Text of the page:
The Wellcome Trust has awarded £4.7 million (€5.8 million) to EMBL’s European Bioinformatics Institute (EMBL-EBI) to support the transfer of a large collection of information on the properties and activities of drugs and a large set of drug-like small molecules from publicly listed company Galapagos NV to the public domain.
It will be incorporated into the EMBL-EBI’s collection of open-access data resources for biomedical research and will be maintained by a newly established team of scientists at the EMBL-EBI. These data lie at the heart of translating information from the human genome into successful new drugs in the clinic.
The human genome sequence provided a molecular ‘parts list’ for a human being, comprising all the genes and proteins that are encoded by our genetic blueprint. But to develop new medicines, it is important to catalogue how each of these ‘parts’ interacts with drugs and drug-like molecules. This interface of the genome with chemistry is a core part of the new scientific area of chemogenomics.
For the past eight years, researchers at BioFocus DPI, the service division of Galapagos, have been integrating the existing collections of information in these two areas to develop a set of well-structured chemogenomic databases that can be used to help determine whether a particular molecule has the right properties to make an effective drug. BioFocus DPI licensed this information to pharmaceutical and biotech companies worldwide. As part of the Wellcome Trust grant announced today, the EBI will obtain the rights to the databases from BioFocus DPI. The award will make it possible to provide free access to this information for all researchers. “The scientific community worldwide will greatly benefit from unrestricted access to these data.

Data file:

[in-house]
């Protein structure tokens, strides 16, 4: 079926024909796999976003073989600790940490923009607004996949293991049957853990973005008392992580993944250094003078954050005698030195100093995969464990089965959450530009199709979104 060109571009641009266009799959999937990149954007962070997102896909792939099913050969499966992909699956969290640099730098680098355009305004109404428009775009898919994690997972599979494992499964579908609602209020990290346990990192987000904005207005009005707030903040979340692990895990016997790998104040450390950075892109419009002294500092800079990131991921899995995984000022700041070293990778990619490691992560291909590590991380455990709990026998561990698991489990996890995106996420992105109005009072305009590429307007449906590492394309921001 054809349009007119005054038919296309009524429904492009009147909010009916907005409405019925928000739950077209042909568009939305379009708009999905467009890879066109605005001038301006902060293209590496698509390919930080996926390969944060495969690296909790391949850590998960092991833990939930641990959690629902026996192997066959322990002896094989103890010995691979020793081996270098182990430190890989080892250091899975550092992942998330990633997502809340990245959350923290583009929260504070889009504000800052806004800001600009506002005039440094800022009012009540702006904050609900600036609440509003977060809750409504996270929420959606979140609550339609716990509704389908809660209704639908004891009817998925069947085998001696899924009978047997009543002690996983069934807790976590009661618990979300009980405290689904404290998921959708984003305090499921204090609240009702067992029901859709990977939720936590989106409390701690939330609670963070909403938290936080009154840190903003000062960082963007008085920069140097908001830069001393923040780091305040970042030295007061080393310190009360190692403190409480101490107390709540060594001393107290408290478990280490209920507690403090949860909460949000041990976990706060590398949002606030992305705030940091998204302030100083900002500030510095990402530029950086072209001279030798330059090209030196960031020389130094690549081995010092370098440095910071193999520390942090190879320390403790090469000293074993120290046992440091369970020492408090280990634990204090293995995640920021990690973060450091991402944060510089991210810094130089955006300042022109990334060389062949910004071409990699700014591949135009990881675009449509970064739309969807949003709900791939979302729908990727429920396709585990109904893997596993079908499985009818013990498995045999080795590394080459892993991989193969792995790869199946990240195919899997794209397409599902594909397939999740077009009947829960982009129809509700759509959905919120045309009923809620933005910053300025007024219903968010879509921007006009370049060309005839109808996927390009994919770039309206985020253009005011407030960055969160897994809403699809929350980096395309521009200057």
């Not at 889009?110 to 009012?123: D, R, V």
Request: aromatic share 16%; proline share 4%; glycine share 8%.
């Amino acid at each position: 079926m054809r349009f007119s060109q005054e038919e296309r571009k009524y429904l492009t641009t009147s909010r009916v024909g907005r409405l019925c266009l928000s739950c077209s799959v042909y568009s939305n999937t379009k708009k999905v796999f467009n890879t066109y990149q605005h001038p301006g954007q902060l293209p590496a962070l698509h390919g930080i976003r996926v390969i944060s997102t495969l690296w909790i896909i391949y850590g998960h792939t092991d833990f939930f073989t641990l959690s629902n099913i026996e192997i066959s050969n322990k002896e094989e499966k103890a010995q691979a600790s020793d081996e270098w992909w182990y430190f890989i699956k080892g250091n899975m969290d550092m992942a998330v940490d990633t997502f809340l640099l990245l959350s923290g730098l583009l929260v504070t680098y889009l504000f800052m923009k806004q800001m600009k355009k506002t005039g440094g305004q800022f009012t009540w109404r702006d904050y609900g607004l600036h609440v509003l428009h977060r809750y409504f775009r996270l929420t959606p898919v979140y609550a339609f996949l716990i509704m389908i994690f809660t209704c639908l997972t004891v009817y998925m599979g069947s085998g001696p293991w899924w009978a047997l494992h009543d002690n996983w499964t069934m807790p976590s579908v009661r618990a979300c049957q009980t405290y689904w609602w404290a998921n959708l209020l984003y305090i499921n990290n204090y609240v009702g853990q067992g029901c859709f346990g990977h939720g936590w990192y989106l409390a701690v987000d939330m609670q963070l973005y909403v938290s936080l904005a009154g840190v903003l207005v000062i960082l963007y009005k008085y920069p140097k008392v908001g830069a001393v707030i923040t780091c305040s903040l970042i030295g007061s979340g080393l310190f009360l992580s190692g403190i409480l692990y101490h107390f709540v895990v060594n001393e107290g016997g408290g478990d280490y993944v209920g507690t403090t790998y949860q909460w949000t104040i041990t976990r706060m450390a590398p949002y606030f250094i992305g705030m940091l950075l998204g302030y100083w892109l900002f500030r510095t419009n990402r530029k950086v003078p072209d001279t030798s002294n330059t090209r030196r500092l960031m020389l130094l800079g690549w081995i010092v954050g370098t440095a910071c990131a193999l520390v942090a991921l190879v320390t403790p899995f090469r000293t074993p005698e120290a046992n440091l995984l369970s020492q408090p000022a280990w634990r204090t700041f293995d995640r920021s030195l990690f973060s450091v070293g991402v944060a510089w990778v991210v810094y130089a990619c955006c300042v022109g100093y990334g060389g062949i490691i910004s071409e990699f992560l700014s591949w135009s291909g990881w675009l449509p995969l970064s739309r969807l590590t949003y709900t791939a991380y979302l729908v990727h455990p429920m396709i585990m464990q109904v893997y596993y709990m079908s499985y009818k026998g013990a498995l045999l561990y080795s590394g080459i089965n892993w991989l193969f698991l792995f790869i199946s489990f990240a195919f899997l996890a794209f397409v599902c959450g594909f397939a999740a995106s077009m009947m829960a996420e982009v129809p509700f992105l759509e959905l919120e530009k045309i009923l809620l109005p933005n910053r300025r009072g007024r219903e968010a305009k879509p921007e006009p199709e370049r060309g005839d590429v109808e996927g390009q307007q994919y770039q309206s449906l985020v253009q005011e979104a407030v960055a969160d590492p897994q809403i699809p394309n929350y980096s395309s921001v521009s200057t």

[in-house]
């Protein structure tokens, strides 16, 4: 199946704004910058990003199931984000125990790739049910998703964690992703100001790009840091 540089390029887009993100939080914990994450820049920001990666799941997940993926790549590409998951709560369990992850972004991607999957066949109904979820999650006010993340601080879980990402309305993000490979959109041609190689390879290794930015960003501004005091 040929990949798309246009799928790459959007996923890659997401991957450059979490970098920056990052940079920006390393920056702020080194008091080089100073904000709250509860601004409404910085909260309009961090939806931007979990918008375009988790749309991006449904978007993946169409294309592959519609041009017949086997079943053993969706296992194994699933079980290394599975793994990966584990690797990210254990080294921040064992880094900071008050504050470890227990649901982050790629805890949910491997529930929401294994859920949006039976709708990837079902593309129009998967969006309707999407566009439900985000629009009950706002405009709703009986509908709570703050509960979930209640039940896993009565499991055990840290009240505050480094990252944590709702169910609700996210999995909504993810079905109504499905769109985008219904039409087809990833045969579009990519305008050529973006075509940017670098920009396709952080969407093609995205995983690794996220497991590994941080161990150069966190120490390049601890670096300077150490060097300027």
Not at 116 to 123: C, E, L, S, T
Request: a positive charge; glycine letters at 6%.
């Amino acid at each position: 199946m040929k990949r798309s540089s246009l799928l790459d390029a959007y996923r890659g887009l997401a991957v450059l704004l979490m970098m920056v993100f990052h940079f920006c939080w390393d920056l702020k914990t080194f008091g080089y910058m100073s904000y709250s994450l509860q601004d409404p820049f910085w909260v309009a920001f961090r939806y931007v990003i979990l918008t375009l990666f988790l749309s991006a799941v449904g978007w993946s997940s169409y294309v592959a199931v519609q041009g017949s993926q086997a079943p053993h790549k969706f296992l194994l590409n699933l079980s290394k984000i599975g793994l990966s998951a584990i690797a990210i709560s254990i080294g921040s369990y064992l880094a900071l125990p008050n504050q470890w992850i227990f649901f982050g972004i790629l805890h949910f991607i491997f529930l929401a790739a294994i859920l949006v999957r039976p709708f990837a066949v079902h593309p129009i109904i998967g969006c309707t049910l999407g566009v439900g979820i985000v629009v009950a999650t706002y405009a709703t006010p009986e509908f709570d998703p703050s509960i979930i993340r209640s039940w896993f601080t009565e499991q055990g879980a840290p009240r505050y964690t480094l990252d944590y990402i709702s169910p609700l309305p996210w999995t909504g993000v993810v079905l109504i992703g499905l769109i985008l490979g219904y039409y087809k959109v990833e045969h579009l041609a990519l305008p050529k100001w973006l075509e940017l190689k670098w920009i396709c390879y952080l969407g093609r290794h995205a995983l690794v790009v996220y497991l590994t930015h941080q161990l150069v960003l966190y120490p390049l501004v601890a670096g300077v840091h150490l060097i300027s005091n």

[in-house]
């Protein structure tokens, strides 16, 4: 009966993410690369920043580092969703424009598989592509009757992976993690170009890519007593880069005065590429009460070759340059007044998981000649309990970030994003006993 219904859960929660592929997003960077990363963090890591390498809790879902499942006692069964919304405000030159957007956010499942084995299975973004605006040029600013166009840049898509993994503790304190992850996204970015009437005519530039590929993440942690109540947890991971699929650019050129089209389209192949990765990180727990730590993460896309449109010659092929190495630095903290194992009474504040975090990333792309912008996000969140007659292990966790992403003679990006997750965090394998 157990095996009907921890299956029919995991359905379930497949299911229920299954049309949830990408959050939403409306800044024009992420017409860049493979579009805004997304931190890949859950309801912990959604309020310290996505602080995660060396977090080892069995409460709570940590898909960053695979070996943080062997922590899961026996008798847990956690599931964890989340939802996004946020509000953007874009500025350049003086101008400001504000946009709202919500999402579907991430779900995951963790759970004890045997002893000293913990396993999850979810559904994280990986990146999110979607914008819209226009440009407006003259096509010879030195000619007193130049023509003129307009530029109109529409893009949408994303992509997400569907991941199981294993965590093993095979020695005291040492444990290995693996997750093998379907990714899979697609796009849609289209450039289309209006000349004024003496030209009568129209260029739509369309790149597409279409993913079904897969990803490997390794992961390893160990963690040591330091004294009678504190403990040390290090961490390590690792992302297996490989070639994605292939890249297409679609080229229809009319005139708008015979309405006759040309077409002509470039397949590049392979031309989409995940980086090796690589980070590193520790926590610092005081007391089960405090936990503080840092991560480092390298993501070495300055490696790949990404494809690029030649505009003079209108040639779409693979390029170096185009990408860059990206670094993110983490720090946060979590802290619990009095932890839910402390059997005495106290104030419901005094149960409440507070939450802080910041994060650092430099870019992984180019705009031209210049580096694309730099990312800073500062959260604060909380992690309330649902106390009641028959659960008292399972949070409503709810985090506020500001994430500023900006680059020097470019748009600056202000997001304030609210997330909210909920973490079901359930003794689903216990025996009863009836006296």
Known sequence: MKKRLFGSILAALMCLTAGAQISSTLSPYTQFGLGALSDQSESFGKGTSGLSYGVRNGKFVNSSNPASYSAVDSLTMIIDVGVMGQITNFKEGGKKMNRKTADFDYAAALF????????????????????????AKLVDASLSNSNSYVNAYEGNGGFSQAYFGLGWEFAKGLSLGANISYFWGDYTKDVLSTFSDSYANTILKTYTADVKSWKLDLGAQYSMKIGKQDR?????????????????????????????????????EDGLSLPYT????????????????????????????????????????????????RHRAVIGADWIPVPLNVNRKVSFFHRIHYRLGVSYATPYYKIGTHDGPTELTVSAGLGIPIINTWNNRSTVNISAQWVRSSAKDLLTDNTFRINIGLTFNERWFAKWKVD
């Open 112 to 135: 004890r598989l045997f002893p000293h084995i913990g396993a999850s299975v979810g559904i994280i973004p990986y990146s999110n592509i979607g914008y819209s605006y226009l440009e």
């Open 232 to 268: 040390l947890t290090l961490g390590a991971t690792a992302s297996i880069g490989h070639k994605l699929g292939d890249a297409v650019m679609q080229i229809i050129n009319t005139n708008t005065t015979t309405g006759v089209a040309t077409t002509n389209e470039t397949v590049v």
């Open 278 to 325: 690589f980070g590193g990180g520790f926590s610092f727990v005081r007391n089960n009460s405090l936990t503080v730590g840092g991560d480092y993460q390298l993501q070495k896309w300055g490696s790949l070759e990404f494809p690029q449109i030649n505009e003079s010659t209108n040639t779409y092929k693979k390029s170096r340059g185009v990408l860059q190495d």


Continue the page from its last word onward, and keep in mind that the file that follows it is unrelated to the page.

It will aid their efforts in predictive drug discovery,” says Galapagos CEO Onno van de Stolpe. “Galapagos has successfully accelerated its research programmes with these, and BioFocus DPI used the data to deliver on its contracts with customers. After this transfer, which we hope will contribute to the advancement of drug discovery research by improving access to the data that we have collected, we will continue to use these resources.”
The transfer will empower academia to participate in the first stages of drug discovery for all therapeutic areas, including major diseases of the developing world. In future it could also result in improved prediction of drug side-effects. “We are excited to be able to provide information that defines the effects of a large number of small molecules on the body, and link this to the proteins that these molecules interact with, as part of our mission to provide wide access to bioinformatics tools to promote scientific progress and disseminate cutting-edge technologies to industry,” says EMBL-EBI Director Janet Thornton. “With this transfer, we aim to facilitate faster and better drug discovery. It speaks to the importance of this information for translational research that the Wellcome Trust has chosen to support this particular transfer with sufficient long-term funding.”